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Survivors Run Slowly
Robert Horn
December 15, 1997
A half marathon in war-torn Cambodia is more about hope than personal bests
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December 15, 1997

Survivors Run Slowly

A half marathon in war-torn Cambodia is more about hope than personal bests

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The terror vanishes when To Rithya runs. As Cambodia's top distance runner strides down the narrow jungle road, the murders and the beatings sink somewhere deep into his subconscious. He was only 11 in 1975 when the Khmer Rouge seized power and began four years of mass murder in a mad attempt to reengineer society. Two million of the country's 7.2 million people were executed, starved or worked to death. In the town of Kompot, young To Rithya lost 13 members of his family, including his father, brothers and sisters. But when he runs, he leaves those times behind, and for a while his wounds are healed.

"Sport is very important to me personally, because it has helped make me strong," he says. "But sport can also help this country."

On Sunday, Dec. 22, 1996, To Rithya joined 650 runners from 15 countries who had come to Cambodia for the first distance race run through the remains of the ancient city of Angkor, a complex of intricate sandstone Hindu and Buddhist temples built between the eighth and 12th centuries. After Siamese troops sacked the city in 1431, it slowly returned to jungle. With crumbling temples scattered through the rain forest, Angkor makes one of the world's most spectacular racing routes. In Cambodia, however, there is always risk.

The runners in the Angkor half marathon wore white T-shirts that read, A RACE FOR PEACE AND FRIENDSHIP. Real peace, however, has not yet come to this tortured land. As runners gathered that morning, remnants of the Khmer Rouge still roamed the countryside not far from the ruins. Only three years ago few outsiders dared venture to Angkor. Of the 10 million land mines still littering Cambodian soil—the legacy of 30 years of war—some are buried around Angkor's outlying temples.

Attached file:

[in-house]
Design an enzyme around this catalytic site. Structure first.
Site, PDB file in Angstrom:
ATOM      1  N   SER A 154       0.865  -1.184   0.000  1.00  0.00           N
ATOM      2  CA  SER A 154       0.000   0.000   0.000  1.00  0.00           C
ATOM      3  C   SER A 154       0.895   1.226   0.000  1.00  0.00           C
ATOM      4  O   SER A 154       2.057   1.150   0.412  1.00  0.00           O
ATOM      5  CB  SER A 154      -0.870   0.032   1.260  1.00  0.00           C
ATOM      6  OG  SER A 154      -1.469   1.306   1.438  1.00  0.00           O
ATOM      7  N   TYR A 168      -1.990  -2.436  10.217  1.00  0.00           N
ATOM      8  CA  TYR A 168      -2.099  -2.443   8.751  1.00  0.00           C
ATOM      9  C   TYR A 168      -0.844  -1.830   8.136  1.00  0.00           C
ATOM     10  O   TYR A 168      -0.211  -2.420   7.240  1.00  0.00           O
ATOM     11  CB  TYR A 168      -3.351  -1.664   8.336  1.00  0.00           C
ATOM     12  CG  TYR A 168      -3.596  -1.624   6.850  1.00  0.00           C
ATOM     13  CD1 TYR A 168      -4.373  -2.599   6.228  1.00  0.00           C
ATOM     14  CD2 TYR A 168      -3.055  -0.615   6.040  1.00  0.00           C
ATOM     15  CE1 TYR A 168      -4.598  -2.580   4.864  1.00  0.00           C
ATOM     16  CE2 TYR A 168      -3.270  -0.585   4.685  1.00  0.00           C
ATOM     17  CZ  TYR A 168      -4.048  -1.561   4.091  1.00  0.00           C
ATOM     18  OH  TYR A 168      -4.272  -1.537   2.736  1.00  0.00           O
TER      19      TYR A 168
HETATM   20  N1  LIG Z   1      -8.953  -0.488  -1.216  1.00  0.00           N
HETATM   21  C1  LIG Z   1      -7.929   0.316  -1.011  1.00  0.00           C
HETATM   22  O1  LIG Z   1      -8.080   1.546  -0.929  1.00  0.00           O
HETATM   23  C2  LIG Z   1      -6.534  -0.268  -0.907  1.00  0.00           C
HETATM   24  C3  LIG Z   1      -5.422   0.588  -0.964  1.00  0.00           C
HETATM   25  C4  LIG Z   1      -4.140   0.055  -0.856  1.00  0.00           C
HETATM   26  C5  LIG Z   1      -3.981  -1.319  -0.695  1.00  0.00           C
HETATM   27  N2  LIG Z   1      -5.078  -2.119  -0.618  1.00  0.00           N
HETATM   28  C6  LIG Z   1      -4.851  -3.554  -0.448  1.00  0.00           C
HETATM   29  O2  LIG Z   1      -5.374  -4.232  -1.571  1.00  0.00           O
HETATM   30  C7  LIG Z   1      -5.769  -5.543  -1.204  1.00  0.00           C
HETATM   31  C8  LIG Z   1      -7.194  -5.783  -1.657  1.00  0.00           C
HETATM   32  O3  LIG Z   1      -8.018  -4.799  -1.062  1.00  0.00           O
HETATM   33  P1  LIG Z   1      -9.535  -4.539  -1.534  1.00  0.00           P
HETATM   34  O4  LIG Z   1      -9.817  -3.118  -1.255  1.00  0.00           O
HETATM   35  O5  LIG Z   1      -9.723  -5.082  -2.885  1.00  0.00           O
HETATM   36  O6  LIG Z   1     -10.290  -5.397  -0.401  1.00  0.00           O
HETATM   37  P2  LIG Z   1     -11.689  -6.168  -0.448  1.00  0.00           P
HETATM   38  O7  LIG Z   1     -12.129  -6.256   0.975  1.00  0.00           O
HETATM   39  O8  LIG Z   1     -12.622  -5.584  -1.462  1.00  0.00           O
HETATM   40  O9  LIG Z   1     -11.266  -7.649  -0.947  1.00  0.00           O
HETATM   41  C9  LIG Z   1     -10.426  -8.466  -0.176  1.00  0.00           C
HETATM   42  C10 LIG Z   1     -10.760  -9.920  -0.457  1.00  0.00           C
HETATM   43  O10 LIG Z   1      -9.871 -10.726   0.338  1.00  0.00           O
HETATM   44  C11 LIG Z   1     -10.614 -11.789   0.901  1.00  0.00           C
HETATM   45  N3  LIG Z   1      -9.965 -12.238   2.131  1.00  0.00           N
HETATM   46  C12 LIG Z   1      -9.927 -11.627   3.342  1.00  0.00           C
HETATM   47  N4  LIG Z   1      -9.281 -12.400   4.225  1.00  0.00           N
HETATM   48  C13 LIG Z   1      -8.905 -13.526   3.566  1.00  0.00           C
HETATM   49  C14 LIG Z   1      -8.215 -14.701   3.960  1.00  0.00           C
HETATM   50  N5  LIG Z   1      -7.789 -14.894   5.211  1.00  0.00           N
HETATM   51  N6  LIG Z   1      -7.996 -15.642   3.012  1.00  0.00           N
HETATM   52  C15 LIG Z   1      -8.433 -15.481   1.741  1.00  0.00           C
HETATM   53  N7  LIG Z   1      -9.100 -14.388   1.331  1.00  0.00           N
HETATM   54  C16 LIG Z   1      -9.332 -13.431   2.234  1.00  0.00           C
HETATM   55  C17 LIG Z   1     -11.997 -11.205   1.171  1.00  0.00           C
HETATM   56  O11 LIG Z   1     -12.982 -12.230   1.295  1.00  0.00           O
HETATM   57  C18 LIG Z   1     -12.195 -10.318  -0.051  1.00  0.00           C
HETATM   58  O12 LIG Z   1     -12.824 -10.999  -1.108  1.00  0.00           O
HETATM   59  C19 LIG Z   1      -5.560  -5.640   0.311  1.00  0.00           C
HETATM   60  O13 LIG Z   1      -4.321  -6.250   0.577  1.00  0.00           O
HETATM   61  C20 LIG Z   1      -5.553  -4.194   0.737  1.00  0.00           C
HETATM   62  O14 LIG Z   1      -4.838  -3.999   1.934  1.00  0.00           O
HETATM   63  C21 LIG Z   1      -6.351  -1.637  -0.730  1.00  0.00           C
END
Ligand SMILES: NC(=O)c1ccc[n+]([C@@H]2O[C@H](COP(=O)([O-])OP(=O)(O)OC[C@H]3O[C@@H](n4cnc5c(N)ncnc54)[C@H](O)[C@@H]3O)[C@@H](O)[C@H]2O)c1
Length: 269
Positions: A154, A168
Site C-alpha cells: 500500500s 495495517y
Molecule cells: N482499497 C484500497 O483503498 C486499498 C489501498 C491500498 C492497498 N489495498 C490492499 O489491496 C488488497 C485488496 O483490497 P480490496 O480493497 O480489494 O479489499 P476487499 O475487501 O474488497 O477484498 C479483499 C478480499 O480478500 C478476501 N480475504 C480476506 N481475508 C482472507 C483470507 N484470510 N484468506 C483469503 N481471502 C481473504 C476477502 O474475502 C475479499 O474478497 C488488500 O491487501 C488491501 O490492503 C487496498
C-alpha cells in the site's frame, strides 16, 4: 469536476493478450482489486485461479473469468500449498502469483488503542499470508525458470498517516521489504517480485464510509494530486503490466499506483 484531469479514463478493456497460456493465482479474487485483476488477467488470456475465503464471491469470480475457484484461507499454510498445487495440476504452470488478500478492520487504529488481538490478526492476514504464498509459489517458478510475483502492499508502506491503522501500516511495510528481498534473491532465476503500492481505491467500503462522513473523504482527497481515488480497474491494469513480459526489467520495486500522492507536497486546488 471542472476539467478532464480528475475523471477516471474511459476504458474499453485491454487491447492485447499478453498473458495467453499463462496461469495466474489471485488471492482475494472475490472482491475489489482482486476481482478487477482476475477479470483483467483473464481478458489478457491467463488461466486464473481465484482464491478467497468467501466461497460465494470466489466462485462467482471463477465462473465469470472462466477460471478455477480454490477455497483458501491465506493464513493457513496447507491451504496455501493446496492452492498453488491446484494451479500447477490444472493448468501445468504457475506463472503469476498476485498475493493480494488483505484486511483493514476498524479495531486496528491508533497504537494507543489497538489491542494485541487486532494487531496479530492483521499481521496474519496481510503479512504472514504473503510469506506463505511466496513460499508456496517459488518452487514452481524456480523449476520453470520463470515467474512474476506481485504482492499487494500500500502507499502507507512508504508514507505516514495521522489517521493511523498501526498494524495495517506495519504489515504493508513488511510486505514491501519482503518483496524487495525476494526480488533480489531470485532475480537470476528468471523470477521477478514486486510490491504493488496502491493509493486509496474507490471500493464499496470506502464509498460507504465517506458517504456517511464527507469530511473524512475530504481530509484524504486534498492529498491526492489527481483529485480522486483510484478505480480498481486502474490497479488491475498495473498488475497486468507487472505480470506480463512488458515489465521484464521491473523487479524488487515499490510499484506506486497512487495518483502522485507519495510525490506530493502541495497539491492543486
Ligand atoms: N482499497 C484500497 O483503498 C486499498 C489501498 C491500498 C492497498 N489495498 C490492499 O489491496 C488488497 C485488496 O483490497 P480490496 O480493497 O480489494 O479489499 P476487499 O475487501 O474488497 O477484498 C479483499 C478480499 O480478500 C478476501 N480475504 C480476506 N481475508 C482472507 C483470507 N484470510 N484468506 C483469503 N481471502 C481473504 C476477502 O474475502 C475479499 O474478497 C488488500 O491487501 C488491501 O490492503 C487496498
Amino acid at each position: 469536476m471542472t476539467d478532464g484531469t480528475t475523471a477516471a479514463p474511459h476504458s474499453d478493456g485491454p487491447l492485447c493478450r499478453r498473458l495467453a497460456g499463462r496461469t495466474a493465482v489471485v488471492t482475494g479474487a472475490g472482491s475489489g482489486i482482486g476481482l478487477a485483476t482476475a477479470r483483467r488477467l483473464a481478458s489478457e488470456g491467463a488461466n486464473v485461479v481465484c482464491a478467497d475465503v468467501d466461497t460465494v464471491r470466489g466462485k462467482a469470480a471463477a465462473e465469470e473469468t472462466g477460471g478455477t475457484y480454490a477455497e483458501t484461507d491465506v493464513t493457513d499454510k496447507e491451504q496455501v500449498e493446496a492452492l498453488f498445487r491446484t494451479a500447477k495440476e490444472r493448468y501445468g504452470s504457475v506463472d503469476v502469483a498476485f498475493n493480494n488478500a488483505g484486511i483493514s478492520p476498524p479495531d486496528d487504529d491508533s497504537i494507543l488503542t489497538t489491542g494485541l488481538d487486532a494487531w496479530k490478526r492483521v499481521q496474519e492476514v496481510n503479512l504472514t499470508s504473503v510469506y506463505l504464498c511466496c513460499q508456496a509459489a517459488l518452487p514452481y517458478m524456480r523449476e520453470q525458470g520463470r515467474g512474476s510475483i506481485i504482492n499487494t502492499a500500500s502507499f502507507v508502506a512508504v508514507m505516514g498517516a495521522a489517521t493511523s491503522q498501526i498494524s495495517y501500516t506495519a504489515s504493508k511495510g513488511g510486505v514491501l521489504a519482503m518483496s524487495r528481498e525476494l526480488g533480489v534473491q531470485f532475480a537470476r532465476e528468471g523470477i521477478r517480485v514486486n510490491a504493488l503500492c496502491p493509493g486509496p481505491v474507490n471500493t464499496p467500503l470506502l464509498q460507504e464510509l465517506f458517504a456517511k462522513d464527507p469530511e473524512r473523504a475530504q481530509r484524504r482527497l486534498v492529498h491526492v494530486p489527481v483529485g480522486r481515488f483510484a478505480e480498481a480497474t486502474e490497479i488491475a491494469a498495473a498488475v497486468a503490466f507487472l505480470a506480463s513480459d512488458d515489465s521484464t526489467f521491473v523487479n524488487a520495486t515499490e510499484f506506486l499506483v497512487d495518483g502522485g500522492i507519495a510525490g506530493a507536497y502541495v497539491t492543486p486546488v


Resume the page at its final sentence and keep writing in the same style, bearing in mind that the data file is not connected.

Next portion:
Among the thousands of spectators at the race were hundreds of people missing arms and legs. As many as 80,000 Cambodians have been killed or maimed by mines since 1979. Sok Saroeun is one of them. He lost his right arm seven years ago while fighting against the Khmer Rouge as a government soldier. Using his left arm to carry a flaming Olympic-style torch, he led the ceremonial prerace sprint on the stone causeway of Angkor Wat, the most famous of the temples.

In their struggle to rebuild their shattered nation, Cambodians have not neglected sports, even though the country is desperately poor and athletes have little to work with. After a 20-year absence from international competition, the country's track and field team returned to the Asian Games in 1994 at Hiroshima, Japan. Last year Cambodians didn't win any medals at Atlanta, their first Olympics since Munich in 1972, but that wasn't important. Their presence was the victory.

A similar sense of triumph was palpable at the Angkor race, the first international sports competition in Cambodia since the Southeast Asian Games were held in Phnom Penh in 1962. Among the spectators there were cheers and hope. "I'm so happy to see all the foreigners here," said 15-year-old Nhit Chida, "because it means Angkor must really be safe now." As the racers dashed along the narrow rain forest road, shaded by towering banyan trees and sugar palms, hundreds of carved stone faces of Buddha on temple walls and city gates smiled down at them.

In the end Zhan Donglin, a member of China's national team, won the men's title with a time of 1:05:19. To Rithya came in third, at 1:13:01. Wang Xiujie, also of China, took the women's top spot in 1:12:27.

To Rithya will probably never be ranked among the world's fastest runners; his best time in the half marathon is 13:02 slower than this year's world best. At 33 he is probably past his prime. "I will run as long as my country needs me to," he says as he readies himself for the second annual half marathon at Angkor, on Dec. 21. "But I hope to train others, so there will be a new generation of Cambodian runners." A new generation that, he hopes, will be running toward a future filled with peace, instead of running from the horrors of the past.

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